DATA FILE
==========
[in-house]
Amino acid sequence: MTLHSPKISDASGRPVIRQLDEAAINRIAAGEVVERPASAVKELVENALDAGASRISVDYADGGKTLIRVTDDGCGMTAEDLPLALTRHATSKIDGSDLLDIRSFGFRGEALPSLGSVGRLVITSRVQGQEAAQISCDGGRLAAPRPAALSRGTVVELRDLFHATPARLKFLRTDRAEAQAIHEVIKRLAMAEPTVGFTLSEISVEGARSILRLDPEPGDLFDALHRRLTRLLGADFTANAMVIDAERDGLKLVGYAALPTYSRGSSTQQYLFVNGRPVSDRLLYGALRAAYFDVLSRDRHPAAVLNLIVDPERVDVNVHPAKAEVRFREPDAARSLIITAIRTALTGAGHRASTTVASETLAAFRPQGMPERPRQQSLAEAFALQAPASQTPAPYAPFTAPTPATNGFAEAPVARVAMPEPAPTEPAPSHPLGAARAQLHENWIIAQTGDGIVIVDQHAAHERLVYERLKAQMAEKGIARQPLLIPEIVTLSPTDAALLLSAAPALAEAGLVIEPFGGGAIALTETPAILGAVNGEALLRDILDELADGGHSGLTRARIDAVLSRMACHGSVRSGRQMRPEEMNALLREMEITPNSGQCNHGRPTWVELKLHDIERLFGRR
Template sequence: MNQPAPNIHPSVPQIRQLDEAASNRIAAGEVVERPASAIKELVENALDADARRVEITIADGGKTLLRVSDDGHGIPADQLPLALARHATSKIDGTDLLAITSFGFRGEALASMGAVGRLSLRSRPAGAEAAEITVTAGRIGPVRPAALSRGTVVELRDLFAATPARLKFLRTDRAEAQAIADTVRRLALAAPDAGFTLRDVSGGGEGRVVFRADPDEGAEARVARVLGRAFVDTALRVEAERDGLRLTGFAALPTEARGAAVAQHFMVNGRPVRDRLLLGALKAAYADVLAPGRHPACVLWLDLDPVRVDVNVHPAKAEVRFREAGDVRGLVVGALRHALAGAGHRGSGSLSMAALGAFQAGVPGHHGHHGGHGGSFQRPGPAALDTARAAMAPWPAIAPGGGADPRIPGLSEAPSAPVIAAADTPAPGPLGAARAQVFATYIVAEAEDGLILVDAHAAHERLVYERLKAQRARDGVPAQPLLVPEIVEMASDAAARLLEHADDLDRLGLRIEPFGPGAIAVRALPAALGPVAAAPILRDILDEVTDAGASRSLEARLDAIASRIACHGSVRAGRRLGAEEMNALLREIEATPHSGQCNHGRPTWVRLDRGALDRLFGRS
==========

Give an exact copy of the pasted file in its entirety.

[in-house]
Amino acid sequence: MTLHSPKISDASGRPVIRQLDEAAINRIAAGEVVERPASAVKELVENALDAGASRISVDYADGGKTLIRVTDDGCGMTAEDLPLALTRHATSKIDGSDLLDIRSFGFRGEALPSLGSVGRLVITSRVQGQEAAQISCDGGRLAAPRPAALSRGTVVELRDLFHATPARLKFLRTDRAEAQAIHEVIKRLAMAEPTVGFTLSEISVEGARSILRLDPEPGDLFDALHRRLTRLLGADFTANAMVIDAERDGLKLVGYAALPTYSRGSSTQQYLFVNGRPVSDRLLYGALRAAYFDVLSRDRHPAAVLNLIVDPERVDVNVHPAKAEVRFREPDAARSLIITAIRTALTGAGHRASTTVASETLAAFRPQGMPERPRQQSLAEAFALQAPASQTPAPYAPFTAPTPATNGFAEAPVARVAMPEPAPTEPAPSHPLGAARAQLHENWIIAQTGDGIVIVDQHAAHERLVYERLKAQMAEKGIARQPLLIPEIVTLSPTDAALLLSAAPALAEAGLVIEPFGGGAIALTETPAILGAVNGEALLRDILDELADGGHSGLTRARIDAVLSRMACHGSVRSGRQMRPEEMNALLREMEITPNSGQCNHGRPTWVELKLHDIERLFGRR
Template sequence: MNQPAPNIHPSVPQIRQLDEAASNRIAAGEVVERPASAIKELVENALDADARRVEITIADGGKTLLRVSDDGHGIPADQLPLALARHATSKIDGTDLLAITSFGFRGEALASMGAVGRLSLRSRPAGAEAAEITVTAGRIGPVRPAALSRGTVVELRDLFAATPARLKFLRTDRAEAQAIADTVRRLALAAPDAGFTLRDVSGGGEGRVVFRADPDEGAEARVARVLGRAFVDTALRVEAERDGLRLTGFAALPTEARGAAVAQHFMVNGRPVRDRLLLGALKAAYADVLAPGRHPACVLWLDLDPVRVDVNVHPAKAEVRFREAGDVRGLVVGALRHALAGAGHRGSGSLSMAALGAFQAGVPGHHGHHGGHGGSFQRPGPAALDTARAAMAPWPAIAPGGGADPRIPGLSEAPSAPVIAAADTPAPGPLGAARAQVFATYIVAEAEDGLILVDAHAAHERLVYERLKAQRARDGVPAQPLLVPEIVEMASDAAARLLEHADDLDRLGLRIEPFGPGAIAVRALPAALGPVAAAPILRDILDEVTDAGASRSLEARLDAIASRIACHGSVRAGRRLGAEEMNALLREIEATPHSGQCNHGRPTWVRLDRGALDRLFGRS